BMW has recently announced that around 90,000 of its older cars are deemed too dangerous to drive due to a potentially lethal airbag defect that has yet to be fixed. The issue stems from the faulty Takata airbags, which have been responsible for 27 deaths worldwide and over 400 injuries. The recall has affected around 100 million cars globally, making it the largest automotive recall in history.
The affected BMW models include the 2006 3 Series, 5 Series, and X5 SUVs, and were produced between 2004 and 2006. According to BMW, these cars have a higher risk of experiencing a ruptured airbag inflator in the event of an accident, which can result in metal shrapnel flying towards drivers and passengers, potentially causing serious injuries or death.
The German automaker is urging owners of these vehicles to immediately stop driving them until the airbags can be replaced. BMW has also stated that it will be offering free towing for affected vehicles and free rental cars while repairs are being made. The company has been working with the National Highway Traffic Safety Administration (NHTSA) to try and locate all of the affected cars and get them off the road.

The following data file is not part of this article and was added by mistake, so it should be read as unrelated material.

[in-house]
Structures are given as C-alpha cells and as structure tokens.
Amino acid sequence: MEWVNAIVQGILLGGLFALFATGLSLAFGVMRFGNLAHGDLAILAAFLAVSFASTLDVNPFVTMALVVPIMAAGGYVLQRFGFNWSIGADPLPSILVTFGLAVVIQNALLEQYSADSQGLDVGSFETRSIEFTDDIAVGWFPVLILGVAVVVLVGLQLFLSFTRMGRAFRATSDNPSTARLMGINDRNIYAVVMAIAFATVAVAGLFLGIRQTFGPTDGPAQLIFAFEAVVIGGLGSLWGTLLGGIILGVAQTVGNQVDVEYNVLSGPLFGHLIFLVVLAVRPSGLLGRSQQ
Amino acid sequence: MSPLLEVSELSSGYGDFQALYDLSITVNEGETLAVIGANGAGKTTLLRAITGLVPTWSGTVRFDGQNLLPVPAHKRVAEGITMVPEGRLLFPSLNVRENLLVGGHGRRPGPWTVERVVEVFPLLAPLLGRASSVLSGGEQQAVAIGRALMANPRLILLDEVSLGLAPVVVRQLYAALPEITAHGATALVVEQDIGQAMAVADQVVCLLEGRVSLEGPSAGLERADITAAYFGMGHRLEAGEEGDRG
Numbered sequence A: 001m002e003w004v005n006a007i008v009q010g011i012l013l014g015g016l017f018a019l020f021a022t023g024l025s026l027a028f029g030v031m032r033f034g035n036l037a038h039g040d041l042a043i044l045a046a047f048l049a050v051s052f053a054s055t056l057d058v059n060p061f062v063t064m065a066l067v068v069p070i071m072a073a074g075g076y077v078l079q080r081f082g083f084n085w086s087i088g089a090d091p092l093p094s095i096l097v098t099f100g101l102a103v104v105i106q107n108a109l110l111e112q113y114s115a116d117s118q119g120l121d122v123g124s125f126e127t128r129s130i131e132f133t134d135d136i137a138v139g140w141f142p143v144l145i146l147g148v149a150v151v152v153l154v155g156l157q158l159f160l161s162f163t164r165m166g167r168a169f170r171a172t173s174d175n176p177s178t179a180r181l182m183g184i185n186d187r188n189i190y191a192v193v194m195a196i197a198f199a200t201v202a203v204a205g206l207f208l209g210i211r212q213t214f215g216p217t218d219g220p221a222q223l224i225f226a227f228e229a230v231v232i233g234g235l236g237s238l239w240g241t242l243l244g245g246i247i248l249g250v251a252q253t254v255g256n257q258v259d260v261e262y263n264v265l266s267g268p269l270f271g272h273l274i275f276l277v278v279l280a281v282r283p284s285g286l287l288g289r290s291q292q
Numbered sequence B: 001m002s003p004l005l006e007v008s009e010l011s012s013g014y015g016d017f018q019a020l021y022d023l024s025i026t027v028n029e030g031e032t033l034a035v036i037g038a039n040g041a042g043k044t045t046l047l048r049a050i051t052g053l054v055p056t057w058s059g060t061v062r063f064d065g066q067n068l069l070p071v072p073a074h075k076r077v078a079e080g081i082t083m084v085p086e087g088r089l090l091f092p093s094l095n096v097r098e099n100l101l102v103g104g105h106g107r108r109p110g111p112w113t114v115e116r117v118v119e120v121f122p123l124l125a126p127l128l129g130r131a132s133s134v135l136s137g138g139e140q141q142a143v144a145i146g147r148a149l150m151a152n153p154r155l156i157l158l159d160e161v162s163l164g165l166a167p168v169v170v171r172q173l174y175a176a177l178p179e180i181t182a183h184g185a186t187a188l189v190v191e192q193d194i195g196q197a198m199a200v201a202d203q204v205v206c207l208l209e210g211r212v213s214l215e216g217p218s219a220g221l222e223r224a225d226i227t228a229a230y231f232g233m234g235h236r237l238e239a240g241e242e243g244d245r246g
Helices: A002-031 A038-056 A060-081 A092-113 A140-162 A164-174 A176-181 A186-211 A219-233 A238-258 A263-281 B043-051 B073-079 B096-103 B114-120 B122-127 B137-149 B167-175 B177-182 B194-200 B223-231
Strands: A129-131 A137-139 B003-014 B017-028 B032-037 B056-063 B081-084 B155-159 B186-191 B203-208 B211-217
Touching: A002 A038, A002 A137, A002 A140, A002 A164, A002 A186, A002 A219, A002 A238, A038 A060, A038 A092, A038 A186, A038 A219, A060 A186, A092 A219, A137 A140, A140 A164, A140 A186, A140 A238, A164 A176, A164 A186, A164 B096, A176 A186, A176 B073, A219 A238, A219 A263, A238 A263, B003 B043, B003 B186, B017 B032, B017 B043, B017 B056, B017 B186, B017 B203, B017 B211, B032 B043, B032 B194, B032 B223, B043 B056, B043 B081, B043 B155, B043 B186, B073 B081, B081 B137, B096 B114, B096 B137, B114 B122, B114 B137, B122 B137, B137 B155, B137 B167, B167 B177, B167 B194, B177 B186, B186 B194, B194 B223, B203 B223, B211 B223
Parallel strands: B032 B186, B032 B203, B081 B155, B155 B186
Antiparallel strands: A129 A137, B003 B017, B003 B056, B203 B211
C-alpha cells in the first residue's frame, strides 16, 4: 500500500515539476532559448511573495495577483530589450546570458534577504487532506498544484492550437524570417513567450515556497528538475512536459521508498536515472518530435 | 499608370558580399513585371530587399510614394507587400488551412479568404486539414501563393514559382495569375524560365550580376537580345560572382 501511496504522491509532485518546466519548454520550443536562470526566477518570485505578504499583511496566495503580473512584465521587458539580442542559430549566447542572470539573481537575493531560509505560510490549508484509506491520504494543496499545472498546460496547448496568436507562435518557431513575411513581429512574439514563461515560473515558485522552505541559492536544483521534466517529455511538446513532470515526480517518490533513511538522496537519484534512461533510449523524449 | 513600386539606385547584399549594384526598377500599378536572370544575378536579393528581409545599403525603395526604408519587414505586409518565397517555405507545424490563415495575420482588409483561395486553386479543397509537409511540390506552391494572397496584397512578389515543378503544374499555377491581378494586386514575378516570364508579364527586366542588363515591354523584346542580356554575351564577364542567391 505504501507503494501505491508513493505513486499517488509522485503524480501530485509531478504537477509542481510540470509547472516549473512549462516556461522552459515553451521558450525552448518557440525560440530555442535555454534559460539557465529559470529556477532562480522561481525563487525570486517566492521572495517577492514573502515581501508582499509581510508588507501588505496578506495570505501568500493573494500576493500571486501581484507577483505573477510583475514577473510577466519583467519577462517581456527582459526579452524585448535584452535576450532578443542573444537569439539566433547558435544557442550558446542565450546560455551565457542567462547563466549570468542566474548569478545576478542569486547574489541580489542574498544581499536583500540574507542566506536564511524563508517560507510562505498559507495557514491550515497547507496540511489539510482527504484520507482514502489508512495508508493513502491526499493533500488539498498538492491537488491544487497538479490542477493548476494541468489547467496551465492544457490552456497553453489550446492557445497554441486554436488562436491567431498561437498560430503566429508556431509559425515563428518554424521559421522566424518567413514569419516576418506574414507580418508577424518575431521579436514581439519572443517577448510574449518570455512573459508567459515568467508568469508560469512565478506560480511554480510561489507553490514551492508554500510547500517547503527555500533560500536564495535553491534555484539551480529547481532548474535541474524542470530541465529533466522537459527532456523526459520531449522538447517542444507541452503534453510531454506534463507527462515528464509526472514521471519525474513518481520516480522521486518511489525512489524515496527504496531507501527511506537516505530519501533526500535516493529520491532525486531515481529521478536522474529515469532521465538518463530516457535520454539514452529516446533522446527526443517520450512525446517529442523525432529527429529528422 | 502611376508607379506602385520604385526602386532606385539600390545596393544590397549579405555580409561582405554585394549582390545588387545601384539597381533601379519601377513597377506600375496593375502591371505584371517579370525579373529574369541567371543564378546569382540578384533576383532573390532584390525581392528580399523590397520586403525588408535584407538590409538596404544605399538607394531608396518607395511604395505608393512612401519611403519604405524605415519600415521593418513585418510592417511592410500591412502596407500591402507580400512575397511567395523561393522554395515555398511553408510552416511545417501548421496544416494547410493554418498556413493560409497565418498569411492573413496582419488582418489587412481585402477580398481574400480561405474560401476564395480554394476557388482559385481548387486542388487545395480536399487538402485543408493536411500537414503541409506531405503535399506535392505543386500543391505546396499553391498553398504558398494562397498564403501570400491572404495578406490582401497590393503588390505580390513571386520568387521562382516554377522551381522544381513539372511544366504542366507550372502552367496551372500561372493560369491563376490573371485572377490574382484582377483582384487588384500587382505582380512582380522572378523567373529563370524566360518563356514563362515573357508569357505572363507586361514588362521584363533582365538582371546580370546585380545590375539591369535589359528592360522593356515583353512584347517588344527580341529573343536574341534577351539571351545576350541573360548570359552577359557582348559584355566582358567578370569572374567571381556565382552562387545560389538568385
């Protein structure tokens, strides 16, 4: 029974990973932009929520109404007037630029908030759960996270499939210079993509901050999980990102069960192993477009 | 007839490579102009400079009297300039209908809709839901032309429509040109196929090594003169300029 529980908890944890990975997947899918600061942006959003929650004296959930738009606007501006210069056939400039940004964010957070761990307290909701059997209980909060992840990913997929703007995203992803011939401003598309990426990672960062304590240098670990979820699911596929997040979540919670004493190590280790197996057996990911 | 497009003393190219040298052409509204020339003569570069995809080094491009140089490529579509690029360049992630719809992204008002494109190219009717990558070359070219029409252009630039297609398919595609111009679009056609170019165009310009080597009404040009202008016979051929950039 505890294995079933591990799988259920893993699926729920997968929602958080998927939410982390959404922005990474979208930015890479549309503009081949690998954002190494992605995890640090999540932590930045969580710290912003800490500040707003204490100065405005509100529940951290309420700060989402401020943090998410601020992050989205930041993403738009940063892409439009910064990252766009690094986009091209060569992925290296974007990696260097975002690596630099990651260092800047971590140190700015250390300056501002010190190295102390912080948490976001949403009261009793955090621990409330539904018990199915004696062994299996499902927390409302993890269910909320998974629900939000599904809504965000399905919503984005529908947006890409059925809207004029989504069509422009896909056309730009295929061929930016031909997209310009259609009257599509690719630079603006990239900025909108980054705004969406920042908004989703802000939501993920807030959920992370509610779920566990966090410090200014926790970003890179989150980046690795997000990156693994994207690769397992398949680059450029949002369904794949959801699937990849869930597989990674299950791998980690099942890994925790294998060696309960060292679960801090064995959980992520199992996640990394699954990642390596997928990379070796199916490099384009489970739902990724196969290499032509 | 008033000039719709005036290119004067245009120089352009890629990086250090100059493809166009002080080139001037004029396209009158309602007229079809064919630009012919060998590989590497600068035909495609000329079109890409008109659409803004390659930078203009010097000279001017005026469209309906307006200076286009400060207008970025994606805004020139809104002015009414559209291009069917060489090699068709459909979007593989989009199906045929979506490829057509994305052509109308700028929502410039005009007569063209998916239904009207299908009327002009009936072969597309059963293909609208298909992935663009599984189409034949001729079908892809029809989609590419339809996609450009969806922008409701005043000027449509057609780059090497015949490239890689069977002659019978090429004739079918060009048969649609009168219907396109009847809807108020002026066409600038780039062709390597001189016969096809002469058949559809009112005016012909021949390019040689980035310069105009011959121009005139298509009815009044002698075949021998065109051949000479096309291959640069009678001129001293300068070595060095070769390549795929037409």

This announcement comes after a recent crash in Australia involving a 2006 BMW 3 Series, where the driver was killed due to a ruptured airbag inflator. BMW has said that it is not yet clear whether the Australian crash was directly related to the recall, but the company is taking a proactive approach to ensure the safety of its customers.
The recall has been ongoing since 2013, and BMW has already recalled over 1.4 million cars in the US alone. The company has been working to replace the airbags as quickly as possible, but due to the sheer number of cars involved, the process has been slow. The NHTSA has urged car owners to check whether their vehicles are affected by the recall and to take action immediately.
This recall has had a major impact on the automotive industry, with many automakers having to recall millions of cars worldwide. The issue has highlighted the need for better regulation of the industry and has led to changes in the way that recalls are handled.
In conclusion, the news that 90,000 older BMWs are deemed too dangerous to drive due to the faulty Takata airbag recall is concerning. BMW is taking a proactive approach to ensure the safety of its customers by urging them to immediately stop driving these vehicles until the airbags can be replaced. The recall is a reminder of the importance of vehicle safety and the need for better regulation of the automotive industry.